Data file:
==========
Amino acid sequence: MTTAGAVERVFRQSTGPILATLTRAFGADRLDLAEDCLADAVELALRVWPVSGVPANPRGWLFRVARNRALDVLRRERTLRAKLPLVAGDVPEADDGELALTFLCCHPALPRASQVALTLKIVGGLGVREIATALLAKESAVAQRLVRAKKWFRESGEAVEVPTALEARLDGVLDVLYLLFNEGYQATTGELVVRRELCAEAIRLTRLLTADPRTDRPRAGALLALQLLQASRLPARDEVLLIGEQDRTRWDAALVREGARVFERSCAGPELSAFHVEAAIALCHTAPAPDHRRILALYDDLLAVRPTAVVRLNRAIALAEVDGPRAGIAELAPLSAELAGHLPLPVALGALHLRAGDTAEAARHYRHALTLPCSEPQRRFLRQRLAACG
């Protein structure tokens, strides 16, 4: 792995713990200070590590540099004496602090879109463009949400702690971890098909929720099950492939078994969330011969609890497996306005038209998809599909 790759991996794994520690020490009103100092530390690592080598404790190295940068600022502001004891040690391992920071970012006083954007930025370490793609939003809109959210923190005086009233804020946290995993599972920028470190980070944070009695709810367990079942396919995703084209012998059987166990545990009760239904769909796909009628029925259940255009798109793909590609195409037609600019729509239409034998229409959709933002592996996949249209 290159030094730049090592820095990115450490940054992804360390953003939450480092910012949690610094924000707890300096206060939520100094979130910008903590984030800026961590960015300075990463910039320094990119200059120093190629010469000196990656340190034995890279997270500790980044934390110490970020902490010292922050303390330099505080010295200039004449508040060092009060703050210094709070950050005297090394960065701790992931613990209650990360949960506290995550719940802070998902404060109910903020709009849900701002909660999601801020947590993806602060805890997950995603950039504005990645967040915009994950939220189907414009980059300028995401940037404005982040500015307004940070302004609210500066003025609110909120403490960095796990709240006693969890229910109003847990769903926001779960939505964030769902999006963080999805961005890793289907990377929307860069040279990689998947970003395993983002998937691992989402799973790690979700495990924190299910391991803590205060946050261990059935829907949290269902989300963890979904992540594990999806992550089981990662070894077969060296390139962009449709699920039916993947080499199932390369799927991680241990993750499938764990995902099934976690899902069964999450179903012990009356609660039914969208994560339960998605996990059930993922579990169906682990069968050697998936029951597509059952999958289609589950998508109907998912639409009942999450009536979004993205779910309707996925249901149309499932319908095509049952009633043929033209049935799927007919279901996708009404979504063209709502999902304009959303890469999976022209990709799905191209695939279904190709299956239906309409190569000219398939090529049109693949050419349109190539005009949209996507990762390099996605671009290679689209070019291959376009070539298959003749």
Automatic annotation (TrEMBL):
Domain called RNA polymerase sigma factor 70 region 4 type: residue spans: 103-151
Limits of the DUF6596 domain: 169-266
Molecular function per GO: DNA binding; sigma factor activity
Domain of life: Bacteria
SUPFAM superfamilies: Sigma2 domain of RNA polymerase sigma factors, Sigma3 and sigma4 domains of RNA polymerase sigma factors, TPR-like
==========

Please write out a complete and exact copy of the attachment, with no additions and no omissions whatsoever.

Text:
Amino acid sequence: MTTAGAVERVFRQSTGPILATLTRAFGADRLDLAEDCLADAVELALRVWPVSGVPANPRGWLFRVARNRALDVLRRERTLRAKLPLVAGDVPEADDGELALTFLCCHPALPRASQVALTLKIVGGLGVREIATALLAKESAVAQRLVRAKKWFRESGEAVEVPTALEARLDGVLDVLYLLFNEGYQATTGELVVRRELCAEAIRLTRLLTADPRTDRPRAGALLALQLLQASRLPARDEVLLIGEQDRTRWDAALVREGARVFERSCAGPELSAFHVEAAIALCHTAPAPDHRRILALYDDLLAVRPTAVVRLNRAIALAEVDGPRAGIAELAPLSAELAGHLPLPVALGALHLRAGDTAEAARHYRHALTLPCSEPQRRFLRQRLAACG
């Protein structure tokens, strides 16, 4: 792995713990200070590590540099004496602090879109463009949400702690971890098909929720099950492939078994969330011969609890497996306005038209998809599909 790759991996794994520690020490009103100092530390690592080598404790190295940068600022502001004891040690391992920071970012006083954007930025370490793609939003809109959210923190005086009233804020946290995993599972920028470190980070944070009695709810367990079942396919995703084209012998059987166990545990009760239904769909796909009628029925259940255009798109793909590609195409037609600019729509239409034998229409959709933002592996996949249209 290159030094730049090592820095990115450490940054992804360390953003939450480092910012949690610094924000707890300096206060939520100094979130910008903590984030800026961590960015300075990463910039320094990119200059120093190629010469000196990656340190034995890279997270500790980044934390110490970020902490010292922050303390330099505080010295200039004449508040060092009060703050210094709070950050005297090394960065701790992931613990209650990360949960506290995550719940802070998902404060109910903020709009849900701002909660999601801020947590993806602060805890997950995603950039504005990645967040915009994950939220189907414009980059300028995401940037404005982040500015307004940070302004609210500066003025609110909120403490960095796990709240006693969890229910109003847990769903926001779960939505964030769902999006963080999805961005890793289907990377929307860069040279990689998947970003395993983002998937691992989402799973790690979700495990924190299910391991803590205060946050261990059935829907949290269902989300963890979904992540594990999806992550089981990662070894077969060296390139962009449709699920039916993947080499199932390369799927991680241990993750499938764990995902099934976690899902069964999450179903012990009356609660039914969208994560339960998605996990059930993922579990169906682990069968050697998936029951597509059952999958289609589950998508109907998912639409009942999450009536979004993205779910309707996925249901149309499932319908095509049952009633043929033209049935799927007919279901996708009404979504063209709502999902304009959303890469999976022209990709799905191209695939279904190709299956239906309409190569000219398939090529049109693949050419349109190539005009949209996507990762390099996605671009290679689209070019291959376009070539298959003749």
Automatic annotation (TrEMBL):
Domain called RNA polymerase sigma factor 70 region 4 type: residue spans: 103-151
Limits of the DUF6596 domain: 169-266
Molecular function per GO: DNA binding; sigma factor activity
Domain of life: Bacteria
SUPFAM superfamilies: Sigma2 domain of RNA polymerase sigma factors, Sigma3 and sigma4 domains of RNA polymerase sigma factors, TPR-like